I've always felt that people over-react to good or bad news ... especially stock traders.
Earnings come in a penny below estimates, everybody yells "the sky is falling!" and the stock plummets ... only to quickly recover.
So I figured I could take advantage of that as follows:
>You always buy or sell at the close?
- I look for a high-volatility stock. One that often changes by 3 or 4% in a day.
- If the closing price is significantly lower than the open, I buy at the close ... figuring that it's an over-reaction and the stock will recover quickly.
- If the close is significantly higher than the open, I sell at the close.
Yes. I have my finger on the Buy / Sell button when the market closes.
>And it works? I mean, have you made a bundle with that strategy?
Last year, 2007, I was heavily into CBQ and was quite succesful, making 25% for the year.
>And this year, 2008 ... it still works?
Uh ... no, but I thought it was interesting nevertheless.
>Where do you find them stocks that plummet then recover?
You can try DSA.
Here's a spreadsheet that employs this buy-sell strategy:
Example #1: Click the picture to download the spreadsheet
>Compared to a previous Open?
- We start with a certain number of Shares (Example: 1000, in the picture above)
- We also start with a bunch of Cash (Example: $5,000)
- We always buy or sell a fixed number of Shares (at the closing price) (Example: 200)
- We BUY whenever the Close is smaller than a previous Open by a certain percentage (Example: -2%)
- We SELL whenever the Close is larger than a previous Open by a certain percentage (Example: 2%)
Of course, we don't buy if we don't have enough Cash to handle the trade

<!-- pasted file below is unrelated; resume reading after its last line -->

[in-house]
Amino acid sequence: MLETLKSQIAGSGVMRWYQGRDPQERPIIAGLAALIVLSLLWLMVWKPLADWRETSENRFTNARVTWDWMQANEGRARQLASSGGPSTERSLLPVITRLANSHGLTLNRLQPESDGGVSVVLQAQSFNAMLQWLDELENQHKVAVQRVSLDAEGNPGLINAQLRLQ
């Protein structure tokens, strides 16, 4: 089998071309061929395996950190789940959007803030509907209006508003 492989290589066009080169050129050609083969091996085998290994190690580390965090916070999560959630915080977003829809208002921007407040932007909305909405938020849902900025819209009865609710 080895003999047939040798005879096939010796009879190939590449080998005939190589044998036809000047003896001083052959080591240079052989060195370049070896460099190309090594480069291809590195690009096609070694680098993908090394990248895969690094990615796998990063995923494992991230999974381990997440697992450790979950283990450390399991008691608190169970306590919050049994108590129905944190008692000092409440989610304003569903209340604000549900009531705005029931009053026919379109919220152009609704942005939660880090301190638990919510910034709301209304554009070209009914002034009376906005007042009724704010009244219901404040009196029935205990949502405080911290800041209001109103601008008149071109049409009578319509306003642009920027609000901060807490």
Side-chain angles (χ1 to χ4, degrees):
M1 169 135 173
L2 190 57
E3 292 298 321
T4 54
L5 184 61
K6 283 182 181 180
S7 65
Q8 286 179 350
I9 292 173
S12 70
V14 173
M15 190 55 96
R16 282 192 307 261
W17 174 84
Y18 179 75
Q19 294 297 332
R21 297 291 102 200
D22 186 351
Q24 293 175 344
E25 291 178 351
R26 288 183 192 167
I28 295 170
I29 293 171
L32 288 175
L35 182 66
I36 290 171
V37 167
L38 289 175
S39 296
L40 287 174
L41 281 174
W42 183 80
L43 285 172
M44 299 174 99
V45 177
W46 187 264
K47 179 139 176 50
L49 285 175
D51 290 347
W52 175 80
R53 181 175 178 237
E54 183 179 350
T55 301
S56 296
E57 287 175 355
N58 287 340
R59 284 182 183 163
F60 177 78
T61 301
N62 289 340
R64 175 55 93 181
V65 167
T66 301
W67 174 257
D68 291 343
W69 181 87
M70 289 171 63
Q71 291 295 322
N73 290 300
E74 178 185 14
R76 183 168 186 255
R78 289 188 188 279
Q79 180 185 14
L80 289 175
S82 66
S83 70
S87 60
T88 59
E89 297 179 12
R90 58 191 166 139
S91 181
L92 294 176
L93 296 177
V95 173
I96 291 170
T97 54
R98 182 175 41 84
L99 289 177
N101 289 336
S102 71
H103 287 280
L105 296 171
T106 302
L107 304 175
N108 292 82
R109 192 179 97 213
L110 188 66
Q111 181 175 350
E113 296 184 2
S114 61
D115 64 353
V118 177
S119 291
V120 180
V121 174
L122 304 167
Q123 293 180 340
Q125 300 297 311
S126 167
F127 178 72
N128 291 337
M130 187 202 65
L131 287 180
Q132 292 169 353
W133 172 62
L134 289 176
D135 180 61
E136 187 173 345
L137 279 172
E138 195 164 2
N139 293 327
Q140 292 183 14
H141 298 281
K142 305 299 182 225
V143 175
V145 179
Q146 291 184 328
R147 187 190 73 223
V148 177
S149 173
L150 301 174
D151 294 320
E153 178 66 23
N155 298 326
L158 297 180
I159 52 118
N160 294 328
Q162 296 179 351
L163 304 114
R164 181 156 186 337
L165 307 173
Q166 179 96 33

and we don't sell 200 shares unless we have that many shares to sell.
Yes, we might look for dramatic changes over 1, 2 or 3 days, comparing today's Close with the Open a few days ago.
In the example, we're comparing today's Close with yesterday's Open (back 1 day) in order to determine whether we should BUY or SELL at today's Close.
Notice, too, that we've sold all our shares by Mar/06 then start buying as MSFT decreases in May & Jun/06.
Then we're selling again as MSFT recovers and end up selling all our shares by Dec/06 (which accounts for the "flat" portfolio graph).
>Looks good to me ... Compound Annual Growth Rate = 8.8% instead of ...
Instead of CAGR = 7.5%, yes ... and our portfolio volatility is much lower. Did you notice that?
However, you can't count on it. Besides, you have make clever choices for the numbers you enter into the red boxes.
That's pretty easy when you look at historical data, eh?
If you buy when Open-to-Close decreases by 3% (instead of 2%, as above) and sell when it increases by 2% (as above),
you get this:
>Your return decreased! What good is that?
We've avoided that magnificent drop in MSFT ... and do you see the decrease inVolatility? That let's me sleep at night.
Besides, Examples 1 and 2 were for a stock (Microsoft) that increased over the past 5 years.
If we keep the same parameters as in Example #2, but look at another stock (General Motors):
>You're happy with a negative return?
Well ... it's not so negative as a buy-and-hold GM portfolio. Besides, I'd sleep better because of the reduced Volatility and ...
Did you notice that slider? You can change the number of Days Back, comparing today's Close with today's Open or yesterday's Open or ...